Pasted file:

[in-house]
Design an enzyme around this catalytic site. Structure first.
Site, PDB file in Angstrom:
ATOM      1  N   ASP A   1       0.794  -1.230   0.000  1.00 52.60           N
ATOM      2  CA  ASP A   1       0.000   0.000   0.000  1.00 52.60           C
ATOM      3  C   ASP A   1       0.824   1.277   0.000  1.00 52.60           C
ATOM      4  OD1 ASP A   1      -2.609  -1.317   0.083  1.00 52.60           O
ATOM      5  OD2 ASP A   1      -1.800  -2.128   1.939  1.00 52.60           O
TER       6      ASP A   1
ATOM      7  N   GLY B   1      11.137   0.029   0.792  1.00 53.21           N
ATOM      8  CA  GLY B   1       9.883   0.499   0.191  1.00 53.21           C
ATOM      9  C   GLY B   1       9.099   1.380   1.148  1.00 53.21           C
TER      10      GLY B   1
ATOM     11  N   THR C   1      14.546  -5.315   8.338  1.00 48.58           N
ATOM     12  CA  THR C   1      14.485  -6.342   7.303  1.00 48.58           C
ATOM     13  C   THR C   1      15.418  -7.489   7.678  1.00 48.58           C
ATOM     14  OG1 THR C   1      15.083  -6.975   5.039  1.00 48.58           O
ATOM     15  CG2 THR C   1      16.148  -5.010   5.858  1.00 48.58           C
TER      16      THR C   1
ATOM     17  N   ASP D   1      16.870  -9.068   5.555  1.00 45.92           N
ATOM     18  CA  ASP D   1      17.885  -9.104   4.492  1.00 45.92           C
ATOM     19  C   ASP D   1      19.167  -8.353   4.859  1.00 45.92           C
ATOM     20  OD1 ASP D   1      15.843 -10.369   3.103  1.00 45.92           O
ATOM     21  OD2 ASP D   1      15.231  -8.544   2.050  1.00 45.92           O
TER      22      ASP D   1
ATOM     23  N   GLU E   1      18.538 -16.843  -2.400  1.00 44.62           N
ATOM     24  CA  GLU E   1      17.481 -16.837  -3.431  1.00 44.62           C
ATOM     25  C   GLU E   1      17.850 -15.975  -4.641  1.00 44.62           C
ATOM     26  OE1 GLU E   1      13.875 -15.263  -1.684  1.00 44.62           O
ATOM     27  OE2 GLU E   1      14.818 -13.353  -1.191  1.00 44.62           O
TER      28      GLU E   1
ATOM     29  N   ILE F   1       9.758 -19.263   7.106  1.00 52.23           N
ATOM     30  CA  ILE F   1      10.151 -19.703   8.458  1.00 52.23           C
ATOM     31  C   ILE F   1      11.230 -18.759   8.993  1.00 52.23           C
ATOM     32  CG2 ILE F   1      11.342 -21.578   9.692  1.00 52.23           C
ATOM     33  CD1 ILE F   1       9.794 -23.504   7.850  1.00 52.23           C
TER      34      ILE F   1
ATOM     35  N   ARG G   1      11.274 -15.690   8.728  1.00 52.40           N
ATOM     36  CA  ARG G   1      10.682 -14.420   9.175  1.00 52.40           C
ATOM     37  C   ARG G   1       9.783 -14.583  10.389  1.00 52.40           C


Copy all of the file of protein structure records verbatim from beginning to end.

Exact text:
[in-house]
Design an enzyme around this catalytic site. Structure first.
Site, PDB file in Angstrom:
ATOM      1  N   ASP A   1       0.794  -1.230   0.000  1.00 52.60           N
ATOM      2  CA  ASP A   1       0.000   0.000   0.000  1.00 52.60           C
ATOM      3  C   ASP A   1       0.824   1.277   0.000  1.00 52.60           C
ATOM      4  OD1 ASP A   1      -2.609  -1.317   0.083  1.00 52.60           O
ATOM      5  OD2 ASP A   1      -1.800  -2.128   1.939  1.00 52.60           O
TER       6      ASP A   1
ATOM      7  N   GLY B   1      11.137   0.029   0.792  1.00 53.21           N
ATOM      8  CA  GLY B   1       9.883   0.499   0.191  1.00 53.21           C
ATOM      9  C   GLY B   1       9.099   1.380   1.148  1.00 53.21           C
TER      10      GLY B   1
ATOM     11  N   THR C   1      14.546  -5.315   8.338  1.00 48.58           N
ATOM     12  CA  THR C   1      14.485  -6.342   7.303  1.00 48.58           C
ATOM     13  C   THR C   1      15.418  -7.489   7.678  1.00 48.58           C
ATOM     14  OG1 THR C   1      15.083  -6.975   5.039  1.00 48.58           O
ATOM     15  CG2 THR C   1      16.148  -5.010   5.858  1.00 48.58           C
TER      16      THR C   1
ATOM     17  N   ASP D   1      16.870  -9.068   5.555  1.00 45.92           N
ATOM     18  CA  ASP D   1      17.885  -9.104   4.492  1.00 45.92           C
ATOM     19  C   ASP D   1      19.167  -8.353   4.859  1.00 45.92           C
ATOM     20  OD1 ASP D   1      15.843 -10.369   3.103  1.00 45.92           O
ATOM     21  OD2 ASP D   1      15.231  -8.544   2.050  1.00 45.92           O
TER      22      ASP D   1
ATOM     23  N   GLU E   1      18.538 -16.843  -2.400  1.00 44.62           N
ATOM     24  CA  GLU E   1      17.481 -16.837  -3.431  1.00 44.62           C
ATOM     25  C   GLU E   1      17.850 -15.975  -4.641  1.00 44.62           C
ATOM     26  OE1 GLU E   1      13.875 -15.263  -1.684  1.00 44.62           O
ATOM     27  OE2 GLU E   1      14.818 -13.353  -1.191  1.00 44.62           O
TER      28      GLU E   1
ATOM     29  N   ILE F   1       9.758 -19.263   7.106  1.00 52.23           N
ATOM     30  CA  ILE F   1      10.151 -19.703   8.458  1.00 52.23           C
ATOM     31  C   ILE F   1      11.230 -18.759   8.993  1.00 52.23           C
ATOM     32  CG2 ILE F   1      11.342 -21.578   9.692  1.00 52.23           C
ATOM     33  CD1 ILE F   1       9.794 -23.504   7.850  1.00 52.23           C
TER      34      ILE F   1
ATOM     35  N   ARG G   1      11.274 -15.690   8.728  1.00 52.40           N
ATOM     36  CA  ARG G   1      10.682 -14.420   9.175  1.00 52.40           C
ATOM     37  C   ARG G   1       9.783 -14.583  10.389  1.00 52.40           C